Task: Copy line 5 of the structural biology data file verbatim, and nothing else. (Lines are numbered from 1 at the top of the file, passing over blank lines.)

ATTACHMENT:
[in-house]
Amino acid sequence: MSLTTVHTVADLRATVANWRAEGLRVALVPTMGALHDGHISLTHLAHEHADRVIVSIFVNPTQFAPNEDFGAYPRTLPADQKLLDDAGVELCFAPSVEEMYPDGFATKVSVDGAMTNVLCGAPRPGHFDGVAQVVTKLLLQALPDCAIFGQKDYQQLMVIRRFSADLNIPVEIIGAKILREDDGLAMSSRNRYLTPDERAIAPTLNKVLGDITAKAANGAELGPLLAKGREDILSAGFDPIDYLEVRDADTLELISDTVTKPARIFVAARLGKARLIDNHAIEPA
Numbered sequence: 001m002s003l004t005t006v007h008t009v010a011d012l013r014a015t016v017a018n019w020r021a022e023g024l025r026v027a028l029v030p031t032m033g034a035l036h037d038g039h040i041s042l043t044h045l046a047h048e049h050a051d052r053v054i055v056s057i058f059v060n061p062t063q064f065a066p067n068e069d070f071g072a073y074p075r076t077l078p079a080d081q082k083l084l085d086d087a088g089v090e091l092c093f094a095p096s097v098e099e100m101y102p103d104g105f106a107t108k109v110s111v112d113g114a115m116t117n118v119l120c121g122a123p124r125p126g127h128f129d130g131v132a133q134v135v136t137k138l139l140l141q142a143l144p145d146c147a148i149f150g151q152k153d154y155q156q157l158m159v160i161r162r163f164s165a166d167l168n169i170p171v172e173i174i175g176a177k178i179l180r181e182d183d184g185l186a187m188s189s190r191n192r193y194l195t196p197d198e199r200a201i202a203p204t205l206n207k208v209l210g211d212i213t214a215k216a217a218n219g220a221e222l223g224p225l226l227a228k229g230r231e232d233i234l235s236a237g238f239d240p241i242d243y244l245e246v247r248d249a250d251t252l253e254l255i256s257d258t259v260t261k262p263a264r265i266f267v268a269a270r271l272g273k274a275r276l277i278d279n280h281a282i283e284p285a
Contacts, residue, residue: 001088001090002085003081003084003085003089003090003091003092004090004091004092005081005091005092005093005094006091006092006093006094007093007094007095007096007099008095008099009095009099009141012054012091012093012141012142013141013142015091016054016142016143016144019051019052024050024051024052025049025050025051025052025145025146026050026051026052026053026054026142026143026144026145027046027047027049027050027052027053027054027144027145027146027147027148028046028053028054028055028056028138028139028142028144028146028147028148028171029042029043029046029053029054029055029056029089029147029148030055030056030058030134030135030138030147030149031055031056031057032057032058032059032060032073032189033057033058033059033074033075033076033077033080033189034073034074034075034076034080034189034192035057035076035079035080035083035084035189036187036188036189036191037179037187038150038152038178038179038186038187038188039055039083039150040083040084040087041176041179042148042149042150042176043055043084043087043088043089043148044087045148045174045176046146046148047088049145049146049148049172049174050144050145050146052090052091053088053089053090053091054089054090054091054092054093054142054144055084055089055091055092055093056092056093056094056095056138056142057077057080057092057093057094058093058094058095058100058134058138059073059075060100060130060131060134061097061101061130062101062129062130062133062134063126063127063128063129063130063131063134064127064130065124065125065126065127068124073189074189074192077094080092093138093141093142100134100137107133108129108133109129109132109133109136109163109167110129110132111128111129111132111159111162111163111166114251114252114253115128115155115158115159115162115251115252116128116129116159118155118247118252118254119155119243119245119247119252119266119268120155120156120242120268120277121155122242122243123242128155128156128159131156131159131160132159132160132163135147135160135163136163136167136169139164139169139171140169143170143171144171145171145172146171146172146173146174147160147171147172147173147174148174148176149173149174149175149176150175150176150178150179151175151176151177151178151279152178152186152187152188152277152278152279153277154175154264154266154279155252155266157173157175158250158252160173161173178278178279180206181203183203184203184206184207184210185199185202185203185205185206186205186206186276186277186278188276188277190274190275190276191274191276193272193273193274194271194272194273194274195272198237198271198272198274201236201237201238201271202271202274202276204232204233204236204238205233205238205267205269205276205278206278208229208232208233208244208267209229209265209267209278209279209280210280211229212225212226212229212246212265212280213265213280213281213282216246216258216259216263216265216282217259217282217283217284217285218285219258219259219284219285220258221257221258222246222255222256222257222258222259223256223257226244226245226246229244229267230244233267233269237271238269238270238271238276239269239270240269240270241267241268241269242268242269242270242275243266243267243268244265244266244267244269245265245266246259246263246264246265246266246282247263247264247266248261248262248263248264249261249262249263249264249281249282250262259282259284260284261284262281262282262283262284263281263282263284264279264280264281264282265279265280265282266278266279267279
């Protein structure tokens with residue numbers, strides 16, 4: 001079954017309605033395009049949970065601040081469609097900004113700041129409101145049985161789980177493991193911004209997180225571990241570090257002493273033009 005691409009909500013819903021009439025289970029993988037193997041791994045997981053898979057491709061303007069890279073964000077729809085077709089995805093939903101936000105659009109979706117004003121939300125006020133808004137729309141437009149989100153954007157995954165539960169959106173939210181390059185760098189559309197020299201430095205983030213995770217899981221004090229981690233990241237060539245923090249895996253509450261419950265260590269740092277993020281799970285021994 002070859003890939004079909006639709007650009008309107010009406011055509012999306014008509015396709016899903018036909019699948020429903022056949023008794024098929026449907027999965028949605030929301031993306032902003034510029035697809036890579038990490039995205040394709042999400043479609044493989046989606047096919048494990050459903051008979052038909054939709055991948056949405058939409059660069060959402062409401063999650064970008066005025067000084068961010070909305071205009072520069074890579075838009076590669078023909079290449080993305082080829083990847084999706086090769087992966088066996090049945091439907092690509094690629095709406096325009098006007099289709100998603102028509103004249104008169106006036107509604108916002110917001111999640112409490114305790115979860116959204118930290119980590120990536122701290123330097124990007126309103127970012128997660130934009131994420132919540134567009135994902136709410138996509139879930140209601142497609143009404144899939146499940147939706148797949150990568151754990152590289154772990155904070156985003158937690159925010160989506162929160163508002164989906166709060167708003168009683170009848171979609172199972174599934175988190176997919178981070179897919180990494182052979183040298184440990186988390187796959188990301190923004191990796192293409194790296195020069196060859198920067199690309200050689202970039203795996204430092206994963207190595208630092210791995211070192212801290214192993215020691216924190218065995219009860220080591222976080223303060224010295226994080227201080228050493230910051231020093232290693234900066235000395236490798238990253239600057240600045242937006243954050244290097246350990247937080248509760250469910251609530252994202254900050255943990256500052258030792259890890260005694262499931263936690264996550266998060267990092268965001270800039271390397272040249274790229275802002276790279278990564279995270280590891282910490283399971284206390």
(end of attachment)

């Protein structure tokens with residue numbers, strides 16, 4: 001079954017309605033395009049949970065601040081469609097900004113700041129409101145049985161789980177493991193911004209997180225571990241570090257002493273033009 005691409009909500013819903021009439025289970029993988037193997041791994045997981053898979057491709061303007069890279073964000077729809085077709089995805093939903101936000105659009109979706117004003121939300125006020133808004137729309141437009149989100153954007157995954165539960169959106173939210181390059185760098189559309197020299201430095205983030213995770217899981221004090229981690233990241237060539245923090249895996253509450261419950265260590269740092277993020281799970285021994 002070859003890939004079909006639709007650009008309107010009406011055509012999306014008509015396709016899903018036909019699948020429903022056949023008794024098929026449907027999965028949605030929301031993306032902003034510029035697809036890579038990490039995205040394709042999400043479609044493989046989606047096919048494990050459903051008979052038909054939709055991948056949405058939409059660069060959402062409401063999650064970008066005025067000084068961010070909305071205009072520069074890579075838009076590669078023909079290449080993305082080829083990847084999706086090769087992966088066996090049945091439907092690509094690629095709406096325009098006007099289709100998603102028509103004249104008169106006036107509604108916002110917001111999640112409490114305790115979860116959204118930290119980590120990536122701290123330097124990007126309103127970012128997660130934009131994420132919540134567009135994902136709410138996509139879930140209601142497609143009404144899939146499940147939706148797949150990568151754990152590289154772990155904070156985003158937690159925010160989506162929160163508002164989906166709060167708003168009683170009848171979609172199972174599934175988190176997919178981070179897919180990494182052979183040298184440990186988390187796959188990301190923004191990796192293409194790296195020069196060859198920067199690309200050689202970039203795996204430092206994963207190595208630092210791995211070192212801290214192993215020691216924190218065995219009860220080591222976080223303060224010295226994080227201080228050493230910051231020093232290693234900066235000395236490798238990253239600057240600045242937006243954050244290097246350990247937080248509760250469910251609530252994202254900050255943990256500052258030792259890890260005694262499931263936690264996550266998060267990092268965001270800039271390397272040249274790229275802002276790279278990564279995270280590891282910490283399971284206390």